This procedure introduces one of the key preferences held by artists who approach photography from the visual arts, at least clearly during the nineties. In these cases, photography frequently acquires a utilitarian aspect. This approach to the medium is defined by a know-how-to-use. This is how Leonel Luna builds his particular versions of historic Argentinean iconography, or how Martin Bonadeo transposes a landscape onto an exhibition environment; it is how Gabriela Fernandez elaborates impossible reflections or Marcela Mouján produces photographic portraits or imprints of nature that are no less unreal. Certain historic formal photographic procedures recuperated can be thought of in a similar way, like photograms in Andrea Ostera's work or heliography in Graciela Sacco's work.
In the case of some artists, it seems almost inappropriate to say that they take photographs. Their production can be better described by the term photographic practice. Clear examples of this would be the series of work on the Conquest of the Desert by RES, or the multiple series on objects by Raúl Flores. These groups of works shape a tendency that is common in art from the nineties, that was barely seen in Argentinean artists during that time but that seems to have increased toward the beginning of the following decade: the recovery of a sense of process in artistic practice, that artists had discovered in the sixties and seventies, accompanied by photography to a great extent.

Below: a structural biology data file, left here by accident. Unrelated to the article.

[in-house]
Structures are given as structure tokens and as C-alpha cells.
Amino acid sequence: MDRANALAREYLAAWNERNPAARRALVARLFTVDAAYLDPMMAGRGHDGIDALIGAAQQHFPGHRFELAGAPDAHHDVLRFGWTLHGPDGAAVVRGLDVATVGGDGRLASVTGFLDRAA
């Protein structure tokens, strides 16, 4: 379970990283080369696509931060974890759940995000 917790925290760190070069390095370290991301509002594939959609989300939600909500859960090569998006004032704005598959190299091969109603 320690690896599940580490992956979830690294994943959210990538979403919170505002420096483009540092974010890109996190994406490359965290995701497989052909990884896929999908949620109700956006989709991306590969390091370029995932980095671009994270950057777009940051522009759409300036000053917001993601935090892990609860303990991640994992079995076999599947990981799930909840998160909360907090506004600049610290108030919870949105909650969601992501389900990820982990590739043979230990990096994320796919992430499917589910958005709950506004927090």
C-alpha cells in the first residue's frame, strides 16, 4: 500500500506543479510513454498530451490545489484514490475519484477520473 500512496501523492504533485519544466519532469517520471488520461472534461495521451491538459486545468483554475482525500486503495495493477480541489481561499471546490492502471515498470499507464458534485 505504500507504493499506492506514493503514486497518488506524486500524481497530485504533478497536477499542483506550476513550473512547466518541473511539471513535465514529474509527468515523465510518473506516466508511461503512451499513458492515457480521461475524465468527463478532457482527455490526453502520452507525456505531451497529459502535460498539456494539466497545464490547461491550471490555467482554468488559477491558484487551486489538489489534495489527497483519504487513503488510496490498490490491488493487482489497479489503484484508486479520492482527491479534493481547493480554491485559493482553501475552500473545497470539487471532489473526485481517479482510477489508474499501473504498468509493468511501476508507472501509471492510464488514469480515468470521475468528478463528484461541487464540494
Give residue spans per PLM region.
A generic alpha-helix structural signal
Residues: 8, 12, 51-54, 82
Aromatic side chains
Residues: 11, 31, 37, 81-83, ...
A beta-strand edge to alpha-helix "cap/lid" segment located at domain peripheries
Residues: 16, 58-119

Thirty years later, the alliance is renewed, perhaps in a more lasting way. The benefits are not insignificant. Following a century of precarious definitions and ambiguous relations, the visual arts would seem to be uniting once again, revising pacts and breaking down boundaries.
Territorios Ocupados (cat.). Buenos Aires: Fundación
Espacio Telefónica, 2004.
(1) For a panorama of photogra-phy’s history in Argentina see Sara Facio. La Fotografía en Argentina. Desde 1840 a Nuestros Días. Buenos Aires: La Azotea, 1995.
(2) In order not to abuse the word deconstruction, I prefer to use the less philosophic over-determined term desdefinition.
(3) Numerous cases exist of authors who differentiate between photography and visual arts. See, for example, Eric Hobsbawm. Behind the Times. New York: Times & Hudson, 1999.